I received a discharge in 2013. Attached to the discharge was the Order Closing Case. The order states that the Trustee is discharged, the Trustee’s bond is cancelled and the case is closed.

    Does this mean that the Trustee has abandoned the assets? I have a final judgment that I would like to collect on. At the time of the Ch. 7 BK, I could not locate the company to collect. I think I have tracked down the company and would like to pursue collection. The asset was listed on Schedule B but the value was listed a unknown.

    • Mark Markus February 23, 2015 at 9:24 am - Reply

      Correct. The closing of the case abandons any assets not administered by the Trustee. If you properly listed the potential claim on Schedule “B”, then it is now yours to do with as you please.

  5. LT February 20, 2015 at 5:07 pm - Reply

    Another option is a chapter 11 which could “cram down” the rental homes to market.

    With out being able to cram down the primary – is there a mortgage modification program inside of bankruptcy that could somewhat allow for a principal reduction as well as an interest rate reduction ?

    The rental income could float the new “cram down” carrying charges.

  6. S. February 12, 2015 at 2:28 pm - Reply

    In my Chapter 7 bankruptcy the deadline for creditors to file a claim has passed and no claims were filed. No assets were placed in the bankruptcy estate before the deadline passed. I just received a letter from the trustee saying I have to send them part of my tax return to be placed in the estate. Can I petition the court to be released from this since there’s no claims to be paid out by the estate and so no reason for there to be any assets placed into it.

    • Mark Markus February 12, 2015 at 2:38 pm - Reply

      You are confusing several different things here. First of all, the deadline you are referring to is for creditors to object to your discharge, not to file claims. A claims deadline (called a “bar date”) is not set in a Chapter 7 case unless the Trustee decides to administer assets. Second, assets are “placed” in the bankruptcy estate the moment your case is filed and remain there until the Trustee either abandons them, or the case is closed. This includes everything you own that is not covered by an exemption (and which exemption is not timely objected to).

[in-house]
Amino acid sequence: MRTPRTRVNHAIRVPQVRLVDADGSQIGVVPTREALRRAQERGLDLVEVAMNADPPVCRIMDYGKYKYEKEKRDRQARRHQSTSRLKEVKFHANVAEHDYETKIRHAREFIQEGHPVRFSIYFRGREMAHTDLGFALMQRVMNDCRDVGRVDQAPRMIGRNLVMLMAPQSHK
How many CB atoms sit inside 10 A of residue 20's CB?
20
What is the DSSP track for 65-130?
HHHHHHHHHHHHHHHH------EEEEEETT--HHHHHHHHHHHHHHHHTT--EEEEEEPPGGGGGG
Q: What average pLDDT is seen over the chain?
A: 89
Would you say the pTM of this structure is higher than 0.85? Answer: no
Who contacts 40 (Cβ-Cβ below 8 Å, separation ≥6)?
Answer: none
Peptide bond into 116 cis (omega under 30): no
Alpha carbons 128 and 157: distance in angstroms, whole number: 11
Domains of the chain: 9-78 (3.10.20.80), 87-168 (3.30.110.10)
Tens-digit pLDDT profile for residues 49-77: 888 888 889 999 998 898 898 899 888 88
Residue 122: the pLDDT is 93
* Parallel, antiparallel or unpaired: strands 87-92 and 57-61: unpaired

When you say tax “return” I believe you mean your tax refund. A tax return is a document that is filed with the taxing agency. Any refund you are entitled to on the date your bankruptcy case is filed belongs to the Trustee unless you have exempted it. This includes the portion of the refund which would have accrued for the tax year in which your case was filed. So, for example, if you file your bankruptcy case on June 30, and you end up getting a refund for that tax year (in the following year), then approximately 1/2 of that would belong to the Trustee, unless you exempted it.

      • S. February 12, 2015 at 2:54 pm - Reply

        My apologies for not using the proper terms. The court sent a letter to the creditors which said creditors must file a proof of claim by a certain date or forever be barred. That date is passed. No creditor filed anything. The court has already granted a discharge. So, what is the purpose of me sending money to the trustee when there is no one who that money can be disbursed to?

        • Mark Markus February 12, 2015 at 3:08 pm - Reply

          With those facts I agree that there would not be any reason to give funds to the Trustee unless he/she is planning on giving creditors another chance to file claims. Are you sure no claims were filed? That would be pretty unusual. How much is the portion of your refund the Trustee is demanding and where is your case filed? Out here in Los Angeles it would need to be a pretty high amount (like over $8,000) before most Trustees would do anything with it.

          A lot of this may be dictated by local practice, and there may be specifics in your case that make this acceptable, which is why you should really be directing this question to your attorney. But absent any other relevant facts, I’d say the Trustee may just be trying to get funds to generate and pay for his/her own fees. And you can object to that. But you have a duty to cooperate with the Trustee and a failure to do so can result in denial (or revocation) of your discharge, so it’s important to know your judge and court system before doing anything.